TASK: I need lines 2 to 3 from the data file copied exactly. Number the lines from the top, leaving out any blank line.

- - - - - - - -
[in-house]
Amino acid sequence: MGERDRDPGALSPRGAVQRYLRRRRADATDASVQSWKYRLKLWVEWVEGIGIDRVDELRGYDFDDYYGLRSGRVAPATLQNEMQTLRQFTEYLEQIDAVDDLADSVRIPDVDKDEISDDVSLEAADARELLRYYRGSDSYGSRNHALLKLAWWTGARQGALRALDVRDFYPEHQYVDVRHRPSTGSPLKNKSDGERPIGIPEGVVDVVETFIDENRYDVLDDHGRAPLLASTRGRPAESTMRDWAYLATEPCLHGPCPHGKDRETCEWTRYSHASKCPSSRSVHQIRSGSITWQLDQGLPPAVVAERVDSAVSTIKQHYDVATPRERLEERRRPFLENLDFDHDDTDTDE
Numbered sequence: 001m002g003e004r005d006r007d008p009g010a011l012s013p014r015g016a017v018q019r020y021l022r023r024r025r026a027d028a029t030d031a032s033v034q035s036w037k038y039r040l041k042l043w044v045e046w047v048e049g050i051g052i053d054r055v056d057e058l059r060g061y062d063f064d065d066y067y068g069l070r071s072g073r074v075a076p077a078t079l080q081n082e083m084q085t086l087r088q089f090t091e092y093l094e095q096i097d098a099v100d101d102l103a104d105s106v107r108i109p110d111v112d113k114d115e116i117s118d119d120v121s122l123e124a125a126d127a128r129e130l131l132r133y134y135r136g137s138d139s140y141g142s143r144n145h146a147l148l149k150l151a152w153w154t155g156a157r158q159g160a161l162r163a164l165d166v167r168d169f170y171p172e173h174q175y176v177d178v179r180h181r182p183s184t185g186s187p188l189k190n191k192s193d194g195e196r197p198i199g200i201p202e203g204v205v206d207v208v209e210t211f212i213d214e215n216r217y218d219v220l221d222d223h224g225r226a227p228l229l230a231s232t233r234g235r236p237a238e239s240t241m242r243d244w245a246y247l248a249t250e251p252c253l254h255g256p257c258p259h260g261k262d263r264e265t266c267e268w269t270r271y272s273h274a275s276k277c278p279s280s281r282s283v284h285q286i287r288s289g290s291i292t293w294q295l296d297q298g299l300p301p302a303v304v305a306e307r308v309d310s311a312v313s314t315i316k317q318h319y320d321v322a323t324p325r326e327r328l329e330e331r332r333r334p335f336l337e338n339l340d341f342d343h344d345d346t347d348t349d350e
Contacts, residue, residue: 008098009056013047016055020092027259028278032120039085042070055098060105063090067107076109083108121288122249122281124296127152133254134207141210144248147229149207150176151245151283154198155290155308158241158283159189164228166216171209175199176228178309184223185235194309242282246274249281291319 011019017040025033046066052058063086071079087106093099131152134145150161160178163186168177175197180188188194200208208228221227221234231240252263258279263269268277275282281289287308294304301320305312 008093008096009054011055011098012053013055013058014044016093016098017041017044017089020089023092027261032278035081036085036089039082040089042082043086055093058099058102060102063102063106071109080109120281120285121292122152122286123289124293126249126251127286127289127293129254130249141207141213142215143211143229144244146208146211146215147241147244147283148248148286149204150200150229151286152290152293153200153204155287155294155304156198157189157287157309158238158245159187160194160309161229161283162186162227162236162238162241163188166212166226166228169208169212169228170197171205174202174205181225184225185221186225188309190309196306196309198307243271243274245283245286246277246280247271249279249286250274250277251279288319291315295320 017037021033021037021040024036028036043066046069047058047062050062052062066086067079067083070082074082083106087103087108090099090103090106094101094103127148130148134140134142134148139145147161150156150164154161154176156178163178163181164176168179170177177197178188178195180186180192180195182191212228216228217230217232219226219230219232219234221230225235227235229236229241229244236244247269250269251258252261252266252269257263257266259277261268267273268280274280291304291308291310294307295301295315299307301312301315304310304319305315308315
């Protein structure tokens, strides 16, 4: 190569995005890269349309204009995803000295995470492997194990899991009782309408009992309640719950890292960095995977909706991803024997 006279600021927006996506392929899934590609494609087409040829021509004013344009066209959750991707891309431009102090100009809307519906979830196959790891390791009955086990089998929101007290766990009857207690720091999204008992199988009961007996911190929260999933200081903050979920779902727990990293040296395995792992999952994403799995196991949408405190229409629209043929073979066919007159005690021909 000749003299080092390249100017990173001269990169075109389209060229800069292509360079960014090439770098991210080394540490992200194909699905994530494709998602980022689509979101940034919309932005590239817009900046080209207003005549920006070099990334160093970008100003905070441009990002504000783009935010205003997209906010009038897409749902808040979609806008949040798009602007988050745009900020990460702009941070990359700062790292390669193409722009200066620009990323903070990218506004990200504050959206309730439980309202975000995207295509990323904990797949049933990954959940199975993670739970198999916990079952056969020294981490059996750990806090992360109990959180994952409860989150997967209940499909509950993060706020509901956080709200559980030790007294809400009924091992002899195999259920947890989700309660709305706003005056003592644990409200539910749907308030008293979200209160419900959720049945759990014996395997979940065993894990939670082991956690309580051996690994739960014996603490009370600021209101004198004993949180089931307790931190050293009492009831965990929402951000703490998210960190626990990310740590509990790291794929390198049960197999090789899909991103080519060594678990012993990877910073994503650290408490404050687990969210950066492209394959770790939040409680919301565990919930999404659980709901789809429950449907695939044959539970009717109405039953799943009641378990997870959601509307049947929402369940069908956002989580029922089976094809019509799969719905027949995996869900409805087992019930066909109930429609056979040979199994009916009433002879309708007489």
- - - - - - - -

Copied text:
Amino acid sequence: MGERDRDPGALSPRGAVQRYLRRRRADATDASVQSWKYRLKLWVEWVEGIGIDRVDELRGYDFDDYYGLRSGRVAPATLQNEMQTLRQFTEYLEQIDAVDDLADSVRIPDVDKDEISDDVSLEAADARELLRYYRGSDSYGSRNHALLKLAWWTGARQGALRALDVRDFYPEHQYVDVRHRPSTGSPLKNKSDGERPIGIPEGVVDVVETFIDENRYDVLDDHGRAPLLASTRGRPAESTMRDWAYLATEPCLHGPCPHGKDRETCEWTRYSHASKCPSSRSVHQIRSGSITWQLDQGLPPAVVAERVDSAVSTIKQHYDVATPRERLEERRRPFLENLDFDHDDTDTDE
Numbered sequence: 001m002g003e004r005d006r007d008p009g010a011l012s013p014r015g016a017v018q019r020y021l022r023r024r025r026a027d028a029t030d031a032s033v034q035s036w037k038y039r040l041k042l043w044v045e046w047v048e049g050i051g052i053d054r055v056d057e058l059r060g061y062d063f064d065d066y067y068g069l070r071s072g073r074v075a076p077a078t079l080q081n082e083m084q085t086l087r088q089f090t091e092y093l094e095q096i097d098a099v100d101d102l103a104d105s106v107r108i109p110d111v112d113k114d115e116i117s118d119d120v121s122l123e124a125a126d127a128r129e130l131l132r133y134y135r136g137s138d139s140y141g142s143r144n145h146a147l148l149k150l151a152w153w154t155g156a157r158q159g160a161l162r163a164l165d166v167r168d169f170y171p172e173h174q175y176v177d178v179r180h181r182p183s184t185g186s187p188l189k190n191k192s193d194g195e196r197p198i199g200i201p202e203g204v205v206d207v208v209e210t211f212i213d214e215n216r217y218d219v220l221d222d223h224g225r226a227p228l229l230a231s232t233r234g235r236p237a238e239s240t241m242r243d244w245a246y247l248a249t250e251p252c253l254h255g256p257c258p259h260g261k262d263r264e265t266c267e268w269t270r271y272s273h274a275s276k277c278p279s280s281r282s283v284h285q286i287r288s289g290s291i292t293w294q295l296d297q298g299l300p301p302a303v304v305a306e307r308v309d310s311a312v313s314t315i316k317q318h319y320d321v322a323t324p325r326e327r328l329e330e331r332r333r334p335f336l337e338n339l340d341f342d343h344d345d346t347d348t349d350e